Edward Aruna

Country: Sierra Leone

Occupation: Conservationist

Specialty: Conservation Biology

Best part about my job: Research, education and public awareness

Biggest challenges I face: My biggest challenge in the conservation world is getting people to feel the way I do about threatened and endangered species. Everyday I wish that more people become interested in the issues of conservation but this is not easy in situations where people have to worry about their day-to-day living. Most people are willing to accept the sermons about conservation of threatened/endangered species, but the biggest question they have is “What can we do to improve our standard of living?” Alternative means are not always easy to develop, especially for conservationists like me, so I consider this my biggest challenge in sea turtle conservation work in Sierra Leone.

The most unusual or exciting thing that’s happened to me while working in the field: The most exciting thing happened to me on the 12th June 2006. This was the day I was going on a sea turtle survey along the northern coast of my country – Sierra Leone. On our way to Yeliboya, an island located very close to Sierra Leone’s border with Guinea, we had two heavy rainstorms while sailing on a speedboat. The first rain wasn’t that breezy but the second was very much so. We were five on the boat including two boatmen. The wind was so strong that we all lost hope of surviving the trip. We had life jackets on but I believe we were more concerned about possibly having to swim to safety. Sadly enough, I don’t know how to swim so this even made things worse for me. But finally the wind ceased and the water was calm again. Thank God we survived this terrible wind. I am praying for this not to happen again.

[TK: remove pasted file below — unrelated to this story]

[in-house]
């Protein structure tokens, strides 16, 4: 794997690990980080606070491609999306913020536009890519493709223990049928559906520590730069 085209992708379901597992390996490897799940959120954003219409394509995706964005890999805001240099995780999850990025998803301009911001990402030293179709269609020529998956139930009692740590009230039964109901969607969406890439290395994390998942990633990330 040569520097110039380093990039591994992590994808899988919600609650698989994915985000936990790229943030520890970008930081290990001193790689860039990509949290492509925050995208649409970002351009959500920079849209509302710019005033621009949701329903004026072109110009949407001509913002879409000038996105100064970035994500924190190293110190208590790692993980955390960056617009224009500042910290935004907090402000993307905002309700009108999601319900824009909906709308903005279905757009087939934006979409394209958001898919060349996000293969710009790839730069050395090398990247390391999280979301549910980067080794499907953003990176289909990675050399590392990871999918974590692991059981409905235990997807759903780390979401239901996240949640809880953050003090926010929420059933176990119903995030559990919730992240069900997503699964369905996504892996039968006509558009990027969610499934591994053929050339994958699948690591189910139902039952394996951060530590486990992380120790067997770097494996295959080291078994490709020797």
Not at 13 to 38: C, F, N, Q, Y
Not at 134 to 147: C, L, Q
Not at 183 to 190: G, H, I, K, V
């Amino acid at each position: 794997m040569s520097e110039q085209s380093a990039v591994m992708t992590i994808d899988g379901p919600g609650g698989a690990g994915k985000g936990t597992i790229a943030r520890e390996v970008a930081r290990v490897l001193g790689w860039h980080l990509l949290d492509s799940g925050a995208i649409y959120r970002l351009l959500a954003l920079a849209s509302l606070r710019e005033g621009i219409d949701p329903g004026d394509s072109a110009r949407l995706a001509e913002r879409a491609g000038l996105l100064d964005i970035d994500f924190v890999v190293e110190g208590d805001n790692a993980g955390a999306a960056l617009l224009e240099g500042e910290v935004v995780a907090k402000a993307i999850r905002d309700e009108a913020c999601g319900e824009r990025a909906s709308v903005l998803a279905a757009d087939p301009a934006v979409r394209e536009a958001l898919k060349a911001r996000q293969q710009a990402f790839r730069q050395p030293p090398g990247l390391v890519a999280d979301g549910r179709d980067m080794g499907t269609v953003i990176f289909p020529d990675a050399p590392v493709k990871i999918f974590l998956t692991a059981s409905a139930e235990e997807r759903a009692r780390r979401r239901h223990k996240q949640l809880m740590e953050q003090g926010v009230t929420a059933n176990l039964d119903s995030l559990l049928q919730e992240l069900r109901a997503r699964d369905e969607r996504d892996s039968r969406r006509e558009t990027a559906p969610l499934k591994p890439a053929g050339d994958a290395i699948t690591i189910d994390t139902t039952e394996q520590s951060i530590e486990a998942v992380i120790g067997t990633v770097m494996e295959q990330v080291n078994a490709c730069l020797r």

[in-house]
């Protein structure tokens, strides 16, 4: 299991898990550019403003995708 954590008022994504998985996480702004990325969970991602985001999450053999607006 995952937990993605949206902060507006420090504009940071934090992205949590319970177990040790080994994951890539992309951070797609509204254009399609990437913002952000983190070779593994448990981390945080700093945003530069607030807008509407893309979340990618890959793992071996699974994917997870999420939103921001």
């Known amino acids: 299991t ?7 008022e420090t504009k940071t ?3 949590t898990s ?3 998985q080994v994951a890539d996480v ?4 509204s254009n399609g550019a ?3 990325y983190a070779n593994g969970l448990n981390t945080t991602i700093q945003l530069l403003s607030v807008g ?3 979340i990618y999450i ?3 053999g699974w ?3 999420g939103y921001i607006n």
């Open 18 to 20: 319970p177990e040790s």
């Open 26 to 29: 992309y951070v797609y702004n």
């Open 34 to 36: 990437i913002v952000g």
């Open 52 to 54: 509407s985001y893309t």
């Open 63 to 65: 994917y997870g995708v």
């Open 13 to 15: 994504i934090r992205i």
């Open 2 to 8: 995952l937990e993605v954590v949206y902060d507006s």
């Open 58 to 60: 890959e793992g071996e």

Why I like being a member of the MTSG: Before 2000, marine turtles were among the least studied species by Sierra Leoneans, and they were among the “data deficient” species in Sierra Leone. I took up the challenge in trying to be at least the first Sierra Leonean to do something about sea turtles in the country. My interest has grown so much that I would want to be in any organization that deals with these species. I like being a member of the MTSG because of the experience and turtle expertise in the group and also for the goal/vision of the group.

Turtle researcher / conservationist I most admire: Manjula Tiwari is the turtle researcher/conservationist I most admire. Manjula has the spirit of encouraging people to be involved in turtle research/conservation. She is always there to give hope to the hopeless in the area of turtle work. Her words “Don’t give up” always ring in my ears when things are tough with turtle work in my country. She is very courageous in handling things. I admire her very much.

When I’m not working on turtles I like to: Learn how to work with new software, listen to news, watch movies, play games and help on other conservation issues (education/awareness, research, surveys) in my organization.

Ten years from now, I hope I will be doing: Scientific/technical research projects on sea turtles and have a full time office for turtle conservation work in my country.

Relevant links to find out more about me and my work: Conservation Society Of Sierra Leone